Rajendra Kumar Verma v. State of Madhya Pradesh AIR 1972 MP 131

BISHAMBHAR DAYAL, C.J. – This is a writ petition under Article 226 of the Constitution of India challenging the recovery being made against the petitioner in the following circumstances:

The respondents advertised for receiving tenders for the sale of Tendu-Patta (leaves) from unit No. 7, Budni. The petitioner gave a tender in pursuance of the tender notice No. 1972-X. 69 dated 25.3.1969 at the rate of Rs. 38.25 p per standard bag. He also deposited some amount as security. The tenders were to be opened on 9th April 1969 but before they were actually opened, the petitioner made an application (Annexure ‘A’) resiling from his tender and requested that since he has withdrawn his tender, it may not be opened at all. The tender was, however, opened as this was the only tender submitted for that unit. The Government accepted the tender and since the petitioner did not execute the purchaser’s agreement, proceedings were now being taken for recovery of Rs. 24,846.12 on the allegation that the Tendu leaves of the unit were sold to somebody else later and the balance was recoverable from the petitioner.

2. The contention of the petitioner is two-fold. In the first place, as he had withdrawn his tender before it was opened and accepted, there was no tender on behalf of the petitioner.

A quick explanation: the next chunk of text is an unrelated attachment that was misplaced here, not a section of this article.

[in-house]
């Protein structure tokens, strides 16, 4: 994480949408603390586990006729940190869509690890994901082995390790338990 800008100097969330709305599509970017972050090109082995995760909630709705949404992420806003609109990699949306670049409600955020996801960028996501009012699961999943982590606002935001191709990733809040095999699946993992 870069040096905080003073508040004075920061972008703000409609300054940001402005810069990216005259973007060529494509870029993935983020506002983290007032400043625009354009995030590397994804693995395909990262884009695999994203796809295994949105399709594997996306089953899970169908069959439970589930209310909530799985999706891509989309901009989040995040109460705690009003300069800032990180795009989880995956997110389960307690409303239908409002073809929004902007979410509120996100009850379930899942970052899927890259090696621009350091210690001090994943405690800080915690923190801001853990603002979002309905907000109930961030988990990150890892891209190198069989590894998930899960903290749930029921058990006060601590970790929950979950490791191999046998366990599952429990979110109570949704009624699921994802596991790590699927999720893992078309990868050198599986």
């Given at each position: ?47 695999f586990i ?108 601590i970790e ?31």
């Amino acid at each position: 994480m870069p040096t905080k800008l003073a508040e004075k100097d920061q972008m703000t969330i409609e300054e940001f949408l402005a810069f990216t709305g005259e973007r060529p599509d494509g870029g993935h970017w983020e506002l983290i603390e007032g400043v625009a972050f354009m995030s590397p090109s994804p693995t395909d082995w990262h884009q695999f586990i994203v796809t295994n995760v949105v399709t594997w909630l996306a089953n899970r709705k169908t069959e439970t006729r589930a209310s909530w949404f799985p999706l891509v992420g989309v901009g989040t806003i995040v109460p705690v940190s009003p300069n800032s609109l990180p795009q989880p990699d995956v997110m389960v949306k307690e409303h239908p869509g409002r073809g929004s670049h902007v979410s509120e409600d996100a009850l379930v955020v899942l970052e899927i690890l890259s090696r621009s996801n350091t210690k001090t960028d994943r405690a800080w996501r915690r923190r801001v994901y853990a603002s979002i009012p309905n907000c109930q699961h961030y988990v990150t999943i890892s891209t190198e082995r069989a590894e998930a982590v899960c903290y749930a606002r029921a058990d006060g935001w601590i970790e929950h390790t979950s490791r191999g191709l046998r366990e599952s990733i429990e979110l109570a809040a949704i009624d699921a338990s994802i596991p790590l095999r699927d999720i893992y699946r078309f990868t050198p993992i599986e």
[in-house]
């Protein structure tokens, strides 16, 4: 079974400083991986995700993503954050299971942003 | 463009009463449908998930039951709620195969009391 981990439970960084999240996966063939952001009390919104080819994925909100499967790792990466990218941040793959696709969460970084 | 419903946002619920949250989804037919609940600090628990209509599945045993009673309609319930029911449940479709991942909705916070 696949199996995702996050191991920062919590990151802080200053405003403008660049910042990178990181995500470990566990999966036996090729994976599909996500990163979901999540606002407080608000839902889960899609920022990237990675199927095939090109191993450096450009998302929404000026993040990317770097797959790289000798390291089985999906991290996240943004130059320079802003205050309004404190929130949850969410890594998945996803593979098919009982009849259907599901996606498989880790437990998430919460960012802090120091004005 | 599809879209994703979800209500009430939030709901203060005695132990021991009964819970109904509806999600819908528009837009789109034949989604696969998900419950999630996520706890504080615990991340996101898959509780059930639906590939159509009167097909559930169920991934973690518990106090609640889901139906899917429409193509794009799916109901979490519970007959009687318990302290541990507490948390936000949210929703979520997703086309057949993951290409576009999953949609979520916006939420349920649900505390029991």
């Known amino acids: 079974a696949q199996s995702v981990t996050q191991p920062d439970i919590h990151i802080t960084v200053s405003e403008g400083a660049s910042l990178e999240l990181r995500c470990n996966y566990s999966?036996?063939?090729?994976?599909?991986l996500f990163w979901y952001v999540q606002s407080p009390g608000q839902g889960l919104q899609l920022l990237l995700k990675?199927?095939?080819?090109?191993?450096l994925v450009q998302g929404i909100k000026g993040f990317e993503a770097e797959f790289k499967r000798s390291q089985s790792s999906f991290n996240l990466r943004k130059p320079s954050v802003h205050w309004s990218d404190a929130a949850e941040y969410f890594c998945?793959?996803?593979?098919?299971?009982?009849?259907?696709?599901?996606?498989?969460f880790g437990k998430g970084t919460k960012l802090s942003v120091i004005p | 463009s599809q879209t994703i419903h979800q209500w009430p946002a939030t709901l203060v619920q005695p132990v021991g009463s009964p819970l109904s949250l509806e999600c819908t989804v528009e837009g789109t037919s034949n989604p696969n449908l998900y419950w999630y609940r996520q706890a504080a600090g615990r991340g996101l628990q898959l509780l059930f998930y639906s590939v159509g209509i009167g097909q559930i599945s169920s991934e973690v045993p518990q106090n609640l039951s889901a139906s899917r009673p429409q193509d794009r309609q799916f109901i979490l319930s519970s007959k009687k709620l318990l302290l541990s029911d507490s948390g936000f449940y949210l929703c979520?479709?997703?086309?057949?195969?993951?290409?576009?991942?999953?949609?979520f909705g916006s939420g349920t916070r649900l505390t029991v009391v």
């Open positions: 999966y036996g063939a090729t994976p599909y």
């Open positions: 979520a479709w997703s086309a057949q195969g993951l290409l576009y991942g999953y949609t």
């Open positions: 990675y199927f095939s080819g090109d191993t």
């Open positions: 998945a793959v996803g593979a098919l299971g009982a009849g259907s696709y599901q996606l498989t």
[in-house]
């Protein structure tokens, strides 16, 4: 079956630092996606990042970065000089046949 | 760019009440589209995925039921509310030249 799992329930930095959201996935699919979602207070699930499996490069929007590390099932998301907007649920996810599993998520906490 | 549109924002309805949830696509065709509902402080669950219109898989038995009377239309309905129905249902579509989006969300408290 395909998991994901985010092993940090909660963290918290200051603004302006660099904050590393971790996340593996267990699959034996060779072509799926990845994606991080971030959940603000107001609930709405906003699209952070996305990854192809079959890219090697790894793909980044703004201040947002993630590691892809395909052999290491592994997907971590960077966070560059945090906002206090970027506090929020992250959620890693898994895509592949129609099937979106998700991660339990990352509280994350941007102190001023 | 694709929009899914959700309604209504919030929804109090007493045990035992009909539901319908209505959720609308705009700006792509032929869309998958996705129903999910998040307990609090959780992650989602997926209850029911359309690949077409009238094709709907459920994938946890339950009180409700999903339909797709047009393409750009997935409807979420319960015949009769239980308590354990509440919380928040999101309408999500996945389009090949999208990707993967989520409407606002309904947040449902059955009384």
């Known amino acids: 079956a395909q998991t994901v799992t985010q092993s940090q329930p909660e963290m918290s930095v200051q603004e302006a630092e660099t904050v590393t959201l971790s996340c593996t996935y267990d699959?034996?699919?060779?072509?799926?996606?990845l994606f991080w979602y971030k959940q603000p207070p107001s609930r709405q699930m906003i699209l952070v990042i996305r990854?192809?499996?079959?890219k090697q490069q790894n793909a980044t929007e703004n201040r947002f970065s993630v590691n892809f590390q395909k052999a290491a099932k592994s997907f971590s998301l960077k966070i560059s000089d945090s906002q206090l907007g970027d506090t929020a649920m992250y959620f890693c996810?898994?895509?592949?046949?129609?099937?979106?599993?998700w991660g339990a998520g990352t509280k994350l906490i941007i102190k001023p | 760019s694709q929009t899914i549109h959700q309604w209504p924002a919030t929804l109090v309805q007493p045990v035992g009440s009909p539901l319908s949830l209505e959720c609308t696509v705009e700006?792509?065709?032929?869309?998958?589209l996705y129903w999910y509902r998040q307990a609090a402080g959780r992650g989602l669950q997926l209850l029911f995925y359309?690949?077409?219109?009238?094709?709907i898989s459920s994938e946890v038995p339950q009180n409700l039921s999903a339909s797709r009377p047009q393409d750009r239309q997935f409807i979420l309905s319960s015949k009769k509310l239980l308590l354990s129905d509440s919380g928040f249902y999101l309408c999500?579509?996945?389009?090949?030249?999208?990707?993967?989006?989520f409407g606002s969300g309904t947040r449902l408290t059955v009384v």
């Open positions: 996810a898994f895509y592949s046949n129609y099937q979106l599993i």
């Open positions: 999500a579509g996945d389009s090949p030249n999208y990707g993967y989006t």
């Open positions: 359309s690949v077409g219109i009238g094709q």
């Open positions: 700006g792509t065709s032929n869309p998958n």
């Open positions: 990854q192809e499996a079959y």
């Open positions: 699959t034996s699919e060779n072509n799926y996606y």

3. The reply on behalf of the respondents is that under the tender condition No. 10 (b) (i) a tenderer may be allowed to withdraw his tender of any unit of a division before the commencement of the opening of tenders of that division on the condition that on opening the remaining tenders, there should be at least one valid tender complete in all respects available for consideration for that particular unit. In this case, since there was no other tender, the tender given by the petitioner could not be withdrawn. We are unable to accept this contention. A person who makes an offer is entitled to withdraw his offer or tender before its acceptance is intimated to him. The Government, by merely providing such a clause in tender notice could not take away that legal right of the petitioner. The fact that the petitioner had applied for withdrawal of the tender is not denied. It is, therefore, quite clear that when the tenders were opened, there was really no offer by the petitioner and, therefore, there could be no contract either impliedly or explicitly between the parties.

7. The result therefore, is that the writ petition is allowed and the demand against the petitioner is quashed. Parties shall bear their own costs. The outstanding amount of the security deposit shall be refunded to the petitioner. Petition allowed.

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